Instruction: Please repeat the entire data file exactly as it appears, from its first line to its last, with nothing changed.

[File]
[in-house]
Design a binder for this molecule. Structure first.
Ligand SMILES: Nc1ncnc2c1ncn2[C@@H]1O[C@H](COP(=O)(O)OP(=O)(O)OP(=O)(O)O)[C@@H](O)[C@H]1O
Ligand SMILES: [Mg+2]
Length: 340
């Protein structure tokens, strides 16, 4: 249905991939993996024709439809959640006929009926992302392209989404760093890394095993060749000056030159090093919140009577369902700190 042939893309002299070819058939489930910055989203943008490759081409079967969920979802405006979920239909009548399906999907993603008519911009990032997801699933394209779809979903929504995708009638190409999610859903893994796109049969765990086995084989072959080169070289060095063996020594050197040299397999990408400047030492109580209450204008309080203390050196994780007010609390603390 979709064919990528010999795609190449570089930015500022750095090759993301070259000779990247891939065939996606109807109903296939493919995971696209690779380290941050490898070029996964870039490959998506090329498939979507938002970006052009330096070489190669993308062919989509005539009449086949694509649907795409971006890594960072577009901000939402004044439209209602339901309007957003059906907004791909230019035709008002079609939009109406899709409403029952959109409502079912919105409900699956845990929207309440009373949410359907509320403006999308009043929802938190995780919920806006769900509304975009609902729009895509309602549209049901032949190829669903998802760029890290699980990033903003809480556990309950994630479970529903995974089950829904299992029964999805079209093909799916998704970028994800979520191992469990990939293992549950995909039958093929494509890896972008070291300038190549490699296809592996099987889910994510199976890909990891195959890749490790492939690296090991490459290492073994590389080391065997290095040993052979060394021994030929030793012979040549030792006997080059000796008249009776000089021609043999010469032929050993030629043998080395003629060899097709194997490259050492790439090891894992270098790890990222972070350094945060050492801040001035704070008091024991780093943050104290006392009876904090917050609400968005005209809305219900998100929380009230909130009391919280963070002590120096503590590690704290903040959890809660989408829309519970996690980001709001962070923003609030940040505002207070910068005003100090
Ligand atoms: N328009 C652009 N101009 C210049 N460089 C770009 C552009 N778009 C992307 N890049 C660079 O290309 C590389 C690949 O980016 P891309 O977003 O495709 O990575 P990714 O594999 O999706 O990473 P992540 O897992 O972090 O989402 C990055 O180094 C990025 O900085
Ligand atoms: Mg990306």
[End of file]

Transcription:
[in-house]
Design a binder for this molecule. Structure first.
Ligand SMILES: Nc1ncnc2c1ncn2[C@@H]1O[C@H](COP(=O)(O)OP(=O)(O)OP(=O)(O)O)[C@@H](O)[C@H]1O
Ligand SMILES: [Mg+2]
Length: 340
């Protein structure tokens, strides 16, 4: 249905991939993996024709439809959640006929009926992302392209989404760093890394095993060749000056030159090093919140009577369902700190 042939893309002299070819058939489930910055989203943008490759081409079967969920979802405006979920239909009548399906999907993603008519911009990032997801699933394209779809979903929504995708009638190409999610859903893994796109049969765990086995084989072959080169070289060095063996020594050197040299397999990408400047030492109580209450204008309080203390050196994780007010609390603390 979709064919990528010999795609190449570089930015500022750095090759993301070259000779990247891939065939996606109807109903296939493919995971696209690779380290941050490898070029996964870039490959998506090329498939979507938002970006052009330096070489190669993308062919989509005539009449086949694509649907795409971006890594960072577009901000939402004044439209209602339901309007957003059906907004791909230019035709008002079609939009109406899709409403029952959109409502079912919105409900699956845990929207309440009373949410359907509320403006999308009043929802938190995780919920806006769900509304975009609902729009895509309602549209049901032949190829669903998802760029890290699980990033903003809480556990309950994630479970529903995974089950829904299992029964999805079209093909799916998704970028994800979520191992469990990939293992549950995909039958093929494509890896972008070291300038190549490699296809592996099987889910994510199976890909990891195959890749490790492939690296090991490459290492073994590389080391065997290095040993052979060394021994030929030793012979040549030792006997080059000796008249009776000089021609043999010469032929050993030629043998080395003629060899097709194997490259050492790439090891894992270098790890990222972070350094945060050492801040001035704070008091024991780093943050104290006392009876904090917050609400968005005209809305219900998100929380009230909130009391919280963070002590120096503590590690704290903040959890809660989408829309519970996690980001709001962070923003609030940040505002207070910068005003100090
Ligand atoms: N328009 C652009 N101009 C210049 N460089 C770009 C552009 N778009 C992307 N890049 C660079 O290309 C590389 C690949 O980016 P891309 O977003 O495709 O990575 P990714 O594999 O999706 O990473 P992540 O897992 O972090 O989402 C990055 O180094 C990025 O900085
Ligand atoms: Mg990306």